Can you pass the clarity test?
Because communication skills are so vital to workplace success, you should focus on improving clarity whenever you speak and write. Follow these tips:
- Start by organizing your thoughts. Before you open your mouth or write the first word, you should have a pretty good idea what you want to communicate. That does not mean you will always have all the answers; a clear question is an excellent communication tool. If you need time to formulate your thoughts, admit it to yourself or your listeners. Pausing momentarily to let your ideas coalesce is far better than making a thoughtless statement that muddies the waters.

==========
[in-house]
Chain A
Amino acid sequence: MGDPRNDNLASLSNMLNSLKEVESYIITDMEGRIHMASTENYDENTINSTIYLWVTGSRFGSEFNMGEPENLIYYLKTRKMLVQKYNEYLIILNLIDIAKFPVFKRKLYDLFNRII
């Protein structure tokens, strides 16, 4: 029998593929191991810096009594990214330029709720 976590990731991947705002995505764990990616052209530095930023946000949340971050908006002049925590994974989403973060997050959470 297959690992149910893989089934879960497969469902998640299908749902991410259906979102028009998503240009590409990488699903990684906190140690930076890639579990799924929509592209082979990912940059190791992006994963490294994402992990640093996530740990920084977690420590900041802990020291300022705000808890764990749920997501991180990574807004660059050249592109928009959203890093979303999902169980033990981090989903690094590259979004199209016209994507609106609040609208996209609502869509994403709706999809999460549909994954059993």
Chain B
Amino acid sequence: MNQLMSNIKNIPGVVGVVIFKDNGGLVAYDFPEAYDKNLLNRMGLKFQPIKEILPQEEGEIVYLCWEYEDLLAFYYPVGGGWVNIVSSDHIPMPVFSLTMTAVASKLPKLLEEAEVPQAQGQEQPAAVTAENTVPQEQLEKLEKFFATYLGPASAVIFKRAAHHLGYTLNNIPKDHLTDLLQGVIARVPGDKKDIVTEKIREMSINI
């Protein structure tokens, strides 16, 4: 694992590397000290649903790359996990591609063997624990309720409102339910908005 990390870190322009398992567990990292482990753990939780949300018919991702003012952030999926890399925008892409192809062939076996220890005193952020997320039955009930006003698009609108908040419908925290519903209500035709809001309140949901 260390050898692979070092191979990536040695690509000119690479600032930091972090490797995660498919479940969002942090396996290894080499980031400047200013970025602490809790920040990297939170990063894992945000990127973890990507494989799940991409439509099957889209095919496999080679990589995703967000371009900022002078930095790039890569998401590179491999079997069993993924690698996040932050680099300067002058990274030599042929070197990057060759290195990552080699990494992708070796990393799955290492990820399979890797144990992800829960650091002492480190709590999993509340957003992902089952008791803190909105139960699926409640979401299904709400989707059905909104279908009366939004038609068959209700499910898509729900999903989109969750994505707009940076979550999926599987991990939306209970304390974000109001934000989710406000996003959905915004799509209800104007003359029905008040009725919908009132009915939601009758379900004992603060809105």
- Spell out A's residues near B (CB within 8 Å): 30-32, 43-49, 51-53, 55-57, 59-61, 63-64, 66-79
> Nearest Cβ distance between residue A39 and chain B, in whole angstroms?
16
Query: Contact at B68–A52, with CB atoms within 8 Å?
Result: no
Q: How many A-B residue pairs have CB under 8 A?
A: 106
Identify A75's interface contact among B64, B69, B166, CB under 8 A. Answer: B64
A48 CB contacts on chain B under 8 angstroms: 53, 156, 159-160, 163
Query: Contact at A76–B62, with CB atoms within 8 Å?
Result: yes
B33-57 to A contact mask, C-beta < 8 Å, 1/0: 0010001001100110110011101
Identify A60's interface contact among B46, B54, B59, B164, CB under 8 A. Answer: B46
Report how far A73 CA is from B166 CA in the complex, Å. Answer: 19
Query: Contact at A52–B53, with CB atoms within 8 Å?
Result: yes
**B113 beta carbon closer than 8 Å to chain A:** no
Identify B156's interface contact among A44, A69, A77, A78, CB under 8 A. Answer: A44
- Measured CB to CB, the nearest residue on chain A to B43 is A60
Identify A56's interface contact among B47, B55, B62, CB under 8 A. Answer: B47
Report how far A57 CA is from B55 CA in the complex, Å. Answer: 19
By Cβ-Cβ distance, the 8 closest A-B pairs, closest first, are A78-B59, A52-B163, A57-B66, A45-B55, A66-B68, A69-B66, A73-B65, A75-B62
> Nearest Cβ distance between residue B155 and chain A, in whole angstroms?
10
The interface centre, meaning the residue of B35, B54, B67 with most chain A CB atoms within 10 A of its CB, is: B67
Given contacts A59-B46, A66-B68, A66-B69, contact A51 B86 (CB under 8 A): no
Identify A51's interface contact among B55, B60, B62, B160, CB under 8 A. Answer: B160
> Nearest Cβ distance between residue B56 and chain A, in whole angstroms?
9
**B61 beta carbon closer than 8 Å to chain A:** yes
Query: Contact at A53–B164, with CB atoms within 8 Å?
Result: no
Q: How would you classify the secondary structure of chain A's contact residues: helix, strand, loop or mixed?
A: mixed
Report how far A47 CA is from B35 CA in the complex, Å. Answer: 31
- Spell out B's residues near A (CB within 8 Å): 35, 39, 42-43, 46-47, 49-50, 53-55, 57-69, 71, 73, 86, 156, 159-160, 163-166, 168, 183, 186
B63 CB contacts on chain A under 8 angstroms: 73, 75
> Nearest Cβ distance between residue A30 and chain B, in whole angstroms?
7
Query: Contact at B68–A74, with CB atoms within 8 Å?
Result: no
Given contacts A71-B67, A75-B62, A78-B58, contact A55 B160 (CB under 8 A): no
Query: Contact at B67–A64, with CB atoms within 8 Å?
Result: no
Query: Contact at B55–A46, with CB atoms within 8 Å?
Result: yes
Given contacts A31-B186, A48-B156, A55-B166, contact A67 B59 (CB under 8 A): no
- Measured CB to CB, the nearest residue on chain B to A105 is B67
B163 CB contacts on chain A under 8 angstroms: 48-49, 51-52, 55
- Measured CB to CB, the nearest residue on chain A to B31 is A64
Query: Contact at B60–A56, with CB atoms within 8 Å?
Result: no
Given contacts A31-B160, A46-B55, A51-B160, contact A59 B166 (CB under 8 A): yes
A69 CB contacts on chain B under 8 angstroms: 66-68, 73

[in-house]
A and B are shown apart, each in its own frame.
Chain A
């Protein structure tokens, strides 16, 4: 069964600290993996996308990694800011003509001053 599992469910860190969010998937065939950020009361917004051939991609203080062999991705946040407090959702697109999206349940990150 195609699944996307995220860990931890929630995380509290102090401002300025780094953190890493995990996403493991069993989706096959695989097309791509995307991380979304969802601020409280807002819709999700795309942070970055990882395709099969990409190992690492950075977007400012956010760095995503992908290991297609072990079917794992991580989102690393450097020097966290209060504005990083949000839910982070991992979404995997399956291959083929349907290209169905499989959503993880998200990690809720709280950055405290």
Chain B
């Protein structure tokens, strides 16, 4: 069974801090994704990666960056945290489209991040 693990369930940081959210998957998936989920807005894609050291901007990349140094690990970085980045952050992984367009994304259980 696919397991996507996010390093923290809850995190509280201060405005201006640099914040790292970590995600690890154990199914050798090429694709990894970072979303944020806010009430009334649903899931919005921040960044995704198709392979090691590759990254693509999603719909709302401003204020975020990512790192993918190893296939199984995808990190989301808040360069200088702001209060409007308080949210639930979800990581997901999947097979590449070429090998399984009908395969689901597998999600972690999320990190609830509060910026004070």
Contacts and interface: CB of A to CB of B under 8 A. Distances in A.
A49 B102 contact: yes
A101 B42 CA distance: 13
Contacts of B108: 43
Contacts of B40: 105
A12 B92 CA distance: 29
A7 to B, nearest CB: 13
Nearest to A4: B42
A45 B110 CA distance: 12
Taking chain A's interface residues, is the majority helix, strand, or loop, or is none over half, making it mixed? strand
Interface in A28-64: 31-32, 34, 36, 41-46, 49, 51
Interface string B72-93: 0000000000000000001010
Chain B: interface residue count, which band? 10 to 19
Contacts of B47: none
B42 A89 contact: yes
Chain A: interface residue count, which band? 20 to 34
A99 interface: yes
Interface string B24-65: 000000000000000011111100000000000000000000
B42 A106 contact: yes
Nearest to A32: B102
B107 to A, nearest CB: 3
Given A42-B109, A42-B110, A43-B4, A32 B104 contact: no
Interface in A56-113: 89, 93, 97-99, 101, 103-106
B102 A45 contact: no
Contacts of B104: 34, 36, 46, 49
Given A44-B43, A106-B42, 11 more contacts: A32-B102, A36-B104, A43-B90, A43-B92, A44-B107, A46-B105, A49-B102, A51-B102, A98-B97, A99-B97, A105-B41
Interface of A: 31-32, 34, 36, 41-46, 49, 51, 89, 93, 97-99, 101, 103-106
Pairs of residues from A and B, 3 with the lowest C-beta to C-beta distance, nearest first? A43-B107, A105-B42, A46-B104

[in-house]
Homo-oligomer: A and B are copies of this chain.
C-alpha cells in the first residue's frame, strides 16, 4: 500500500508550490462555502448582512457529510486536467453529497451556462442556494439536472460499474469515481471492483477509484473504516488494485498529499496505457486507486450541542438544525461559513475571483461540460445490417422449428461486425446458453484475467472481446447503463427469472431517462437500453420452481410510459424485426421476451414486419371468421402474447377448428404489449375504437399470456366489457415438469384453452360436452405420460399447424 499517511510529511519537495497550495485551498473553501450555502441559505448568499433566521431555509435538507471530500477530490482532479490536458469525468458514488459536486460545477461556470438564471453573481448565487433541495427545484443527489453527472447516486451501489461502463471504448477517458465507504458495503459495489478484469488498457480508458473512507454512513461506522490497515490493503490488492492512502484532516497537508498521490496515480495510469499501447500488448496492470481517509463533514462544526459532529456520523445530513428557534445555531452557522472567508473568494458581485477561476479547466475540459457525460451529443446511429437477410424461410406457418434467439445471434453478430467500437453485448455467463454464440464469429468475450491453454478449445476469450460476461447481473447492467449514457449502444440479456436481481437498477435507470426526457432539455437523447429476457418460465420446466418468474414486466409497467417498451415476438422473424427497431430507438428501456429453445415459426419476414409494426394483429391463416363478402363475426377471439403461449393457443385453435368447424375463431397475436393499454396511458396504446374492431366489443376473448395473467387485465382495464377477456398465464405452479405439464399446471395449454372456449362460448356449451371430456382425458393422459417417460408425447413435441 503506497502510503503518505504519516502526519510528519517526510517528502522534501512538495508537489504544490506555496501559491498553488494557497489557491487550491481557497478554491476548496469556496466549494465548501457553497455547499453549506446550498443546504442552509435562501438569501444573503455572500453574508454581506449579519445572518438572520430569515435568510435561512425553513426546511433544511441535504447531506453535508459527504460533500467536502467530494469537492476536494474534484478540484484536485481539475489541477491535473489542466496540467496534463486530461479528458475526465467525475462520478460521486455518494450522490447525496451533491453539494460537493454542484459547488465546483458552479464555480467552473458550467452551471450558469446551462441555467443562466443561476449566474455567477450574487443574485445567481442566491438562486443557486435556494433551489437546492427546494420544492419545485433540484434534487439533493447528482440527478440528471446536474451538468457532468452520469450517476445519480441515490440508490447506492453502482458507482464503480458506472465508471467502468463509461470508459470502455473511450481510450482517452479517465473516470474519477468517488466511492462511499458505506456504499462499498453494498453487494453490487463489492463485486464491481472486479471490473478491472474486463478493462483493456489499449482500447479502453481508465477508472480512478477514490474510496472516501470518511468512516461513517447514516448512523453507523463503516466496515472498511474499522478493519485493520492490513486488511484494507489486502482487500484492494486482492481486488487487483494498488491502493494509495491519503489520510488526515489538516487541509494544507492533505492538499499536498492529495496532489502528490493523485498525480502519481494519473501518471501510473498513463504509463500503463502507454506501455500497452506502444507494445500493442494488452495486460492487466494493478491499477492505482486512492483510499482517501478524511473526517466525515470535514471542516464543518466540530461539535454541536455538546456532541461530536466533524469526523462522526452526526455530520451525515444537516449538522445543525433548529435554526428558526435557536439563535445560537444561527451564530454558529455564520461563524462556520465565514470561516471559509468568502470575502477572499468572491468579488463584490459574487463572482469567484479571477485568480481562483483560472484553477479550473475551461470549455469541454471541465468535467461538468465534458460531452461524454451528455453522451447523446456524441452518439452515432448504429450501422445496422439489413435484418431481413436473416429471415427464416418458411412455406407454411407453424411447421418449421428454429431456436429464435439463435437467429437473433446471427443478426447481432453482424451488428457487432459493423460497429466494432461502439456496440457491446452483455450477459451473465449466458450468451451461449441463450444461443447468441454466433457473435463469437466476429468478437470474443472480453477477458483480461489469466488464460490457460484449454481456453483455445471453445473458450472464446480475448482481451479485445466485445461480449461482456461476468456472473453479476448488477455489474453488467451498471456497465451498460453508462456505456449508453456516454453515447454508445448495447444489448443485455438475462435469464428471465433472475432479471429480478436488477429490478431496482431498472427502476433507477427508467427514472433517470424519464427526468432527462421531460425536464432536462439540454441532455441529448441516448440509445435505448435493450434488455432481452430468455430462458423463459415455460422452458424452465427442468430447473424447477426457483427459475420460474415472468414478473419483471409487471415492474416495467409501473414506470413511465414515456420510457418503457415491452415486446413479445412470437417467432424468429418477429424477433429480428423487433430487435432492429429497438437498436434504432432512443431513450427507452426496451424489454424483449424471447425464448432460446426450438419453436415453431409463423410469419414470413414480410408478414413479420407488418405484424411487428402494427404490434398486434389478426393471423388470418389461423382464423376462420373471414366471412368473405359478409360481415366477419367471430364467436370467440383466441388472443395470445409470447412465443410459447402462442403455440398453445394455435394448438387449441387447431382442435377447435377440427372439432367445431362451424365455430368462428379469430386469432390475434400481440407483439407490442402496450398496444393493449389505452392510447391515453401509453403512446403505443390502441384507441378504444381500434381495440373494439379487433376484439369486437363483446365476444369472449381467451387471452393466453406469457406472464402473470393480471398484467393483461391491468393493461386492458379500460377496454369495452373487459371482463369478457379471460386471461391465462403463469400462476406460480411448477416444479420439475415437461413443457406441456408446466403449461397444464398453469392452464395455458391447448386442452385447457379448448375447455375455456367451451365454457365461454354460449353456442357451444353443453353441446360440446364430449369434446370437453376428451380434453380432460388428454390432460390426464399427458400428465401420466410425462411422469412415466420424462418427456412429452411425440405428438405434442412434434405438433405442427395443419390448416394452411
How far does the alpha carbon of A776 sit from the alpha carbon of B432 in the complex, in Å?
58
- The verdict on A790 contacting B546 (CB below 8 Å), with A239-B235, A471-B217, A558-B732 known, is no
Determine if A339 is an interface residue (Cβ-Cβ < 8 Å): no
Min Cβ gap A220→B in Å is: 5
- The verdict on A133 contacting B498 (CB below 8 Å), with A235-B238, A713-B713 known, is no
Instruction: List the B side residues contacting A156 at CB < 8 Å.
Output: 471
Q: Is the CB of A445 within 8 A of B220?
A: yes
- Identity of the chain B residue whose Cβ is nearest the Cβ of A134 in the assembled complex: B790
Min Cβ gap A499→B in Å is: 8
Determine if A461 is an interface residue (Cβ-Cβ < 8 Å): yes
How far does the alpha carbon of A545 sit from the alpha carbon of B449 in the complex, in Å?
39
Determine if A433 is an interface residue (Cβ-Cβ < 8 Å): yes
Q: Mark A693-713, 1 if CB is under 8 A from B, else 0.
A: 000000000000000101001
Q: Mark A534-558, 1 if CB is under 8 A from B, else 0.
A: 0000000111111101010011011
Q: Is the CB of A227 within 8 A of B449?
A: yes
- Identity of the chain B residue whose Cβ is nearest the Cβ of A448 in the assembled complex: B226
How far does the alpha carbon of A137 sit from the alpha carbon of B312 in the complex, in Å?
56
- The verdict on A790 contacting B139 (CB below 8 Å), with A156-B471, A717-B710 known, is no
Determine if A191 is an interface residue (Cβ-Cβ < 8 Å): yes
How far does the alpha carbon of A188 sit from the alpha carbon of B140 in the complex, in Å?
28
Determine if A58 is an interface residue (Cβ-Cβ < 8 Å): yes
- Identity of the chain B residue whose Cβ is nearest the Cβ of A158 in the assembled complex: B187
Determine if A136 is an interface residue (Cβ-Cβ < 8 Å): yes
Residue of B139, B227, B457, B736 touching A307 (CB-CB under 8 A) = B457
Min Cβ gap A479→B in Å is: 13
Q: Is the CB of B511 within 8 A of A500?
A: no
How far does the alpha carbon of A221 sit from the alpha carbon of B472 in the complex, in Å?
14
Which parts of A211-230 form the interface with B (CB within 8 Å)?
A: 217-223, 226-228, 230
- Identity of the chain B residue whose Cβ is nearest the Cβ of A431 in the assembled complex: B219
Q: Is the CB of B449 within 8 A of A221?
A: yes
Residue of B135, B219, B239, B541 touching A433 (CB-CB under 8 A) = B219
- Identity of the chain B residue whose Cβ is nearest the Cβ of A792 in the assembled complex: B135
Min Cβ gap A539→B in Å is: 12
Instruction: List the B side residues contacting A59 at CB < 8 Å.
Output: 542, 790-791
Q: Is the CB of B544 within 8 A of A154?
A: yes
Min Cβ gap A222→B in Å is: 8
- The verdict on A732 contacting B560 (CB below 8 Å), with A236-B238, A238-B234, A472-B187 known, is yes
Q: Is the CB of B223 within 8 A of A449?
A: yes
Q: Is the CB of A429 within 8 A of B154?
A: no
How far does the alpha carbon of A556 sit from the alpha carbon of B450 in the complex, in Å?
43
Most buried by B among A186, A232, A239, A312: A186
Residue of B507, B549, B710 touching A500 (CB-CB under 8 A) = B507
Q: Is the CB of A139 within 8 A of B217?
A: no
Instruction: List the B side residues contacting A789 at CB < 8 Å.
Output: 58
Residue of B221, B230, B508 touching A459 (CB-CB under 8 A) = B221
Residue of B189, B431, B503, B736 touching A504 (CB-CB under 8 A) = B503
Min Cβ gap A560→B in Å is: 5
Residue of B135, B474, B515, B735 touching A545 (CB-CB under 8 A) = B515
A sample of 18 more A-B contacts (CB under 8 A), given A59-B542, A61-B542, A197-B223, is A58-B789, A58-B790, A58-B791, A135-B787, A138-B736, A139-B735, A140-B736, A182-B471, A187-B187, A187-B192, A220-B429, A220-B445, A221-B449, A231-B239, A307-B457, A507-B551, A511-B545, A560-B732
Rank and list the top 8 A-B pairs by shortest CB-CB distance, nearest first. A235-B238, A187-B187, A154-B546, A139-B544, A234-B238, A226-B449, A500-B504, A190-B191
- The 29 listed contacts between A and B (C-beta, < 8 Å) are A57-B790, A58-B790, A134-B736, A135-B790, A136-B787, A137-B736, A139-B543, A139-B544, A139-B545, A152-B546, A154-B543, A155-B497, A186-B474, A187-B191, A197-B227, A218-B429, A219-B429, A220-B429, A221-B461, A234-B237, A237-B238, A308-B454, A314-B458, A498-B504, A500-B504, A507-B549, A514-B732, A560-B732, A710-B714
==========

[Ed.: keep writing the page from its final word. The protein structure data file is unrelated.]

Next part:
- Determine your objectives. Define your communication goal in your own mind; then you can clearly convey it to others. Ask yourself “What do I want others to think, say, understand or do after we finish speaking or they finish reading what I wrote?” Summarize your communication objective in as few words as possible—fewer than 10 is ideal.
- Eliminate ambiguity and assumptions. Vague phrases like “as soon as possible” or “the best way” create confusion. Clear it up by using specific language instead: “by noon Tuesday” or “without spending more than $100.” Don’t assume that others will understand your meaning, either. You may think “Everyone knows …,” but until you use specific language and verify understanding, you cannot be sure that the message others received is the one you meant to deliver.
— From the editors.
Share on Facebook
Back to Previous Page